The Party Pig® is a self contained 8.5 liter (2.25 gallon)
reusable beer package/dispenser that keeps beer fresh and
carbonated. The package is easy to carry and fits into most
standard refrigerators. The Party Pig requires no CO2 tanks or
cartridges because it uses a self-inflating pressure pouch. As beer
is dispensed from the PET (BPA FREE) plastic
bottle through an attached push-button valve (included), the
internal pressure pouch expands and maintains a constant 15-20
pounds per square inch of pressure. This is accomplished by
combining citric acid and bicarbonate of soda in a controlled
manner to produce CO2 gas, which remains inside the pressure pouch
and does not come in contact with the beer.
Click on the link below to view the FULL instructional PDF from
Quoin, the manufacturer of The Party Pig.
From Tanya Gibbs of Rock Island, Washington on 5/30/2011.
This works really great for camping trips-no extra bottles to carry. A bit messy when opening to re-load, but the portability makes up for it.2 pigs & 12 12oz bottles to the 5gal batch.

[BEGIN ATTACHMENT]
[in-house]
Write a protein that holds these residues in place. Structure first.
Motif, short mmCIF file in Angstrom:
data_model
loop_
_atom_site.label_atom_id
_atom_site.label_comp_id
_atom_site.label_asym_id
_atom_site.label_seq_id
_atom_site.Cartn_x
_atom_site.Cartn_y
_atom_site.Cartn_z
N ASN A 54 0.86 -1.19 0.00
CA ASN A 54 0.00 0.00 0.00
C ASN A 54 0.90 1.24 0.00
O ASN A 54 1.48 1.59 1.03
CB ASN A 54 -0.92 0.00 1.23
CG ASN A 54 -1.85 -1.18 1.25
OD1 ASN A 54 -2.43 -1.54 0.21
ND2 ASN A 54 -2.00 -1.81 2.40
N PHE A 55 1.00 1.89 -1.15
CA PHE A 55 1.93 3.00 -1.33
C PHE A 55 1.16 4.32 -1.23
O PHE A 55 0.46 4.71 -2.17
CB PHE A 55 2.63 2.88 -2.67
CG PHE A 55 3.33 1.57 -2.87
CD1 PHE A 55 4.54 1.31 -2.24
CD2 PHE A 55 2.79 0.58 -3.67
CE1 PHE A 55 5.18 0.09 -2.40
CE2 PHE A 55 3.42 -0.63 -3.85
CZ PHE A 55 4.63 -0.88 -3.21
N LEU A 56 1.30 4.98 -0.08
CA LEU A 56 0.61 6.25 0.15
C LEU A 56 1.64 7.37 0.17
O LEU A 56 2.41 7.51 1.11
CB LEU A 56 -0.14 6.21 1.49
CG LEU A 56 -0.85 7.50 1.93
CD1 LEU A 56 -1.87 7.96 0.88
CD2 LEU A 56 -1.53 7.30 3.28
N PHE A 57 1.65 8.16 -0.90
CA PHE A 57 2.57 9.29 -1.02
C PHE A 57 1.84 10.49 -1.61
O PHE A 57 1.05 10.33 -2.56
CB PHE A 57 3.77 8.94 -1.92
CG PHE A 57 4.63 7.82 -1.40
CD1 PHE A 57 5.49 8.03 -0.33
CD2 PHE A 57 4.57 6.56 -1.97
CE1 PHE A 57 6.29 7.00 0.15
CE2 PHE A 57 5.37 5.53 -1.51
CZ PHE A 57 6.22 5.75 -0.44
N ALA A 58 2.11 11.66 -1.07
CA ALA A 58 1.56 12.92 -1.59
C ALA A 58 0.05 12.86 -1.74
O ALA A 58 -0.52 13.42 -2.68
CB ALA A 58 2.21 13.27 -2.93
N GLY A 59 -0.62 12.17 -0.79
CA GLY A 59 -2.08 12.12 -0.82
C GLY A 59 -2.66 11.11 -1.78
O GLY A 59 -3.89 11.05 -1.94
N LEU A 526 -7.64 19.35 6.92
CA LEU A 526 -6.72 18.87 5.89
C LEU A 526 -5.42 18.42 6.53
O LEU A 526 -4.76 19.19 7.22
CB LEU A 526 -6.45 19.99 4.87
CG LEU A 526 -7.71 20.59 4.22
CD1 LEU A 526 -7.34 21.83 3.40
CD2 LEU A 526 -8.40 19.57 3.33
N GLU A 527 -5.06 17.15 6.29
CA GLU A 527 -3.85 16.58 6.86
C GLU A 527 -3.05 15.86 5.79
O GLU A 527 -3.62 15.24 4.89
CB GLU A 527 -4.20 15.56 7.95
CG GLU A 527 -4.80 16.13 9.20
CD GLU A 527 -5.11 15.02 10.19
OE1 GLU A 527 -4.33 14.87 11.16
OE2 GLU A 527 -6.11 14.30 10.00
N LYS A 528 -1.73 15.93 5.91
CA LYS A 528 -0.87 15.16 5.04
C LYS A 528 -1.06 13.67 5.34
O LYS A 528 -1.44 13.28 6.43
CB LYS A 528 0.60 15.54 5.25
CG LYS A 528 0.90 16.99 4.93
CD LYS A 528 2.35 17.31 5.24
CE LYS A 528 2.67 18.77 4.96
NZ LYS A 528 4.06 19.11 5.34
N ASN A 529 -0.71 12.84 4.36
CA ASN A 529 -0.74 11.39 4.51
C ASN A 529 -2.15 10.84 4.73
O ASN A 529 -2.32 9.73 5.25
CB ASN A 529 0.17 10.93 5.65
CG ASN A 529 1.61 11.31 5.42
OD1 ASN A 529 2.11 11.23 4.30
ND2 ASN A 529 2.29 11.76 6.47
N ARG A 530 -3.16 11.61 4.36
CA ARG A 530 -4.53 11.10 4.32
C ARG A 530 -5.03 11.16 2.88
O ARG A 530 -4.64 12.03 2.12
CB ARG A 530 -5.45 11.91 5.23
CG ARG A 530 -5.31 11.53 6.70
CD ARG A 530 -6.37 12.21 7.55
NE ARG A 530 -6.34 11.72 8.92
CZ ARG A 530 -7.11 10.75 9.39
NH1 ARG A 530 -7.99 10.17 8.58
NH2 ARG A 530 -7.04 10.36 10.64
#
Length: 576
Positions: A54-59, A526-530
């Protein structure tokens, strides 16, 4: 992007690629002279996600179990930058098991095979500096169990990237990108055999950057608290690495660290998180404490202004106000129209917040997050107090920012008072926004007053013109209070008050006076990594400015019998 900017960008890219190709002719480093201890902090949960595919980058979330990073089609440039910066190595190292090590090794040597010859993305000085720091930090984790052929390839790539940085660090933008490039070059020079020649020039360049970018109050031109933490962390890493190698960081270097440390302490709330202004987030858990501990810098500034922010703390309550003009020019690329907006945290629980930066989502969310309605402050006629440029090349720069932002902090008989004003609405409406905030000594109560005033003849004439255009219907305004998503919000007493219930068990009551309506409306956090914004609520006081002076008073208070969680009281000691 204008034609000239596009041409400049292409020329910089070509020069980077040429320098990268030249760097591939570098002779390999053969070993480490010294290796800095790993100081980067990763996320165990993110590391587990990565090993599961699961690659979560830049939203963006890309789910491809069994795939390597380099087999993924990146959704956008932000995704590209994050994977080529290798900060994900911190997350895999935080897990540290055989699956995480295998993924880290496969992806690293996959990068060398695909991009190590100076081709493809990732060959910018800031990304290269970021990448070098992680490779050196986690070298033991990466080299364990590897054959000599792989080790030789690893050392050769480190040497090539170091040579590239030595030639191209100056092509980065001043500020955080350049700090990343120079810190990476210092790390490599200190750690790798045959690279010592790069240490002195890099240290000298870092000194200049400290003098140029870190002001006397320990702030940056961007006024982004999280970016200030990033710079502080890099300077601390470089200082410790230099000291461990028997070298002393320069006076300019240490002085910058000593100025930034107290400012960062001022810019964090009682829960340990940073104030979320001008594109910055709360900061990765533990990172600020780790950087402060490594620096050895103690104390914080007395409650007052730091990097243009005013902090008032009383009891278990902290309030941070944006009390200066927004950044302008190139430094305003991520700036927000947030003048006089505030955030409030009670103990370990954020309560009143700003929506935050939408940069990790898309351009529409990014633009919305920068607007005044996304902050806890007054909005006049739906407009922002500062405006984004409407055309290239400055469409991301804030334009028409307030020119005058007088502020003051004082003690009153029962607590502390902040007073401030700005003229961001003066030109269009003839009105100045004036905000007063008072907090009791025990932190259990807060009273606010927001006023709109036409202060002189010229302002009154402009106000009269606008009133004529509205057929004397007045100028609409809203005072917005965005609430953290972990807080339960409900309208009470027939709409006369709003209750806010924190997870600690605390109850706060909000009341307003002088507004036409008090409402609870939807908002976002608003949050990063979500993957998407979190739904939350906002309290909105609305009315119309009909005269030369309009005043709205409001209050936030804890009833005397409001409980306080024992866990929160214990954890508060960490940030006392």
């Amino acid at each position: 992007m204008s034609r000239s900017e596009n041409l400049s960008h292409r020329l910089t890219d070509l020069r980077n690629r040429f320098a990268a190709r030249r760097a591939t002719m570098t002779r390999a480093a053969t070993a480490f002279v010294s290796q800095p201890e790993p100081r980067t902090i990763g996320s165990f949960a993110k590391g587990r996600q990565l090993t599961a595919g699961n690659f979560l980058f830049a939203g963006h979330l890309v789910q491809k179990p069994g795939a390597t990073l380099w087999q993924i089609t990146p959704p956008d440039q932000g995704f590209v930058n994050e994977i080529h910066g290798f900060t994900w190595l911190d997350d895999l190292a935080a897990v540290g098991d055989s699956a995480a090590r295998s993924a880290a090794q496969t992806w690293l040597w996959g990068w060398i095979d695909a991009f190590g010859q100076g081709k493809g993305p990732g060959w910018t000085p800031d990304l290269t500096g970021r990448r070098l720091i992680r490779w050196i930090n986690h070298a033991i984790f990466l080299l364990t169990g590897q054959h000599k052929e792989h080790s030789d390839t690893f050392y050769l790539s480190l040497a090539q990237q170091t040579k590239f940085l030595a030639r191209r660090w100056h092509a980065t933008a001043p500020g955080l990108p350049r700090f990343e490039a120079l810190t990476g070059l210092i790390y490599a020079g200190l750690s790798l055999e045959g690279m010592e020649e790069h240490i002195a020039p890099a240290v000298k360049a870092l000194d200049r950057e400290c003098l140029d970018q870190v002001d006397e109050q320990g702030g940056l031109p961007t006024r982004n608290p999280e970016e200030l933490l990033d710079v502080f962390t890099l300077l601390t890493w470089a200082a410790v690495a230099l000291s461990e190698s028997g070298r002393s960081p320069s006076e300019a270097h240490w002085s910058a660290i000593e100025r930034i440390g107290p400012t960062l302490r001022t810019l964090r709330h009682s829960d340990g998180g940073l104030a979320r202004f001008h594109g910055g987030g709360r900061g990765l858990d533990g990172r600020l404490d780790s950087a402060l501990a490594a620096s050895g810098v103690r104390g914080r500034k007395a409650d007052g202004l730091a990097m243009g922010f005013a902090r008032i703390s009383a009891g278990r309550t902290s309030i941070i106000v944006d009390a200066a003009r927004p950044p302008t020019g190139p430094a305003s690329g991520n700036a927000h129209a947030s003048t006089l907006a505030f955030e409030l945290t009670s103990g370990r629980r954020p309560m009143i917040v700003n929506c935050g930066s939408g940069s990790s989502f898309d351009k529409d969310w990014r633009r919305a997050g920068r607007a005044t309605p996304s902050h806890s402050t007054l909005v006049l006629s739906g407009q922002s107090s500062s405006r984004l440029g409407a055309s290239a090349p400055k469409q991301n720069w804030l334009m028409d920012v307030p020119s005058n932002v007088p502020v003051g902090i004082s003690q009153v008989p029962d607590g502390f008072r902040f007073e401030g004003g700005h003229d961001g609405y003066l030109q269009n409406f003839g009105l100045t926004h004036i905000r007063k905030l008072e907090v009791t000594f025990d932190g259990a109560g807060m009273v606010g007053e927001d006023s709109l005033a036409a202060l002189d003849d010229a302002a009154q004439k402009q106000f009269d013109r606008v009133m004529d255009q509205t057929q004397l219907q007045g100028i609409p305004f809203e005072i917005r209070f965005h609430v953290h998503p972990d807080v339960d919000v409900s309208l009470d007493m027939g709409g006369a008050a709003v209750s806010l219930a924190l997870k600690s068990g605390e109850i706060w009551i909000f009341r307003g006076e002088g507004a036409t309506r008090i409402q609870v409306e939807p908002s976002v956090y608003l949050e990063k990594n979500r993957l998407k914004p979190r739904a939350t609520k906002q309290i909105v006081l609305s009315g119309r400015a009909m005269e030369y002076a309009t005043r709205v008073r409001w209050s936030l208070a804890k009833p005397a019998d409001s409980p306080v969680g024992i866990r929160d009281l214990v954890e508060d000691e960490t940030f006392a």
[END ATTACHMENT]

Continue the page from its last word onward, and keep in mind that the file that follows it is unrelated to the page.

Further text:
Very convenient product
From patd7260 of Newark, Delaware on 11/19/2009.
I have used the party pig for a couple different batches of beer. It holds half a batch and is great for taking your beer to parties and showing off your work! Easy to use and clean.
1/1/2015 – I started my first home brew and didn't want to use bottles, instead a mini keg. Do you have tap conversion kits that would allow me to do this?
Response From Homebrew Heaven: It depends on what you mean by a mini keg.If you mean the 5 liter sized "kegs", we don't sell them OR the taps any more. We found them to be unreliable at best, and in one case, dangerous. The CO2 tap was poorly made and could come apart when pressured, shooting across the room and breaking windows. Bad deal.If you mean 5 gallon (or . . .
7/10/2012 – Saw one of these on the river in texas..does it require some type of tap>..and is the pouch the only thing you need to push the beer out?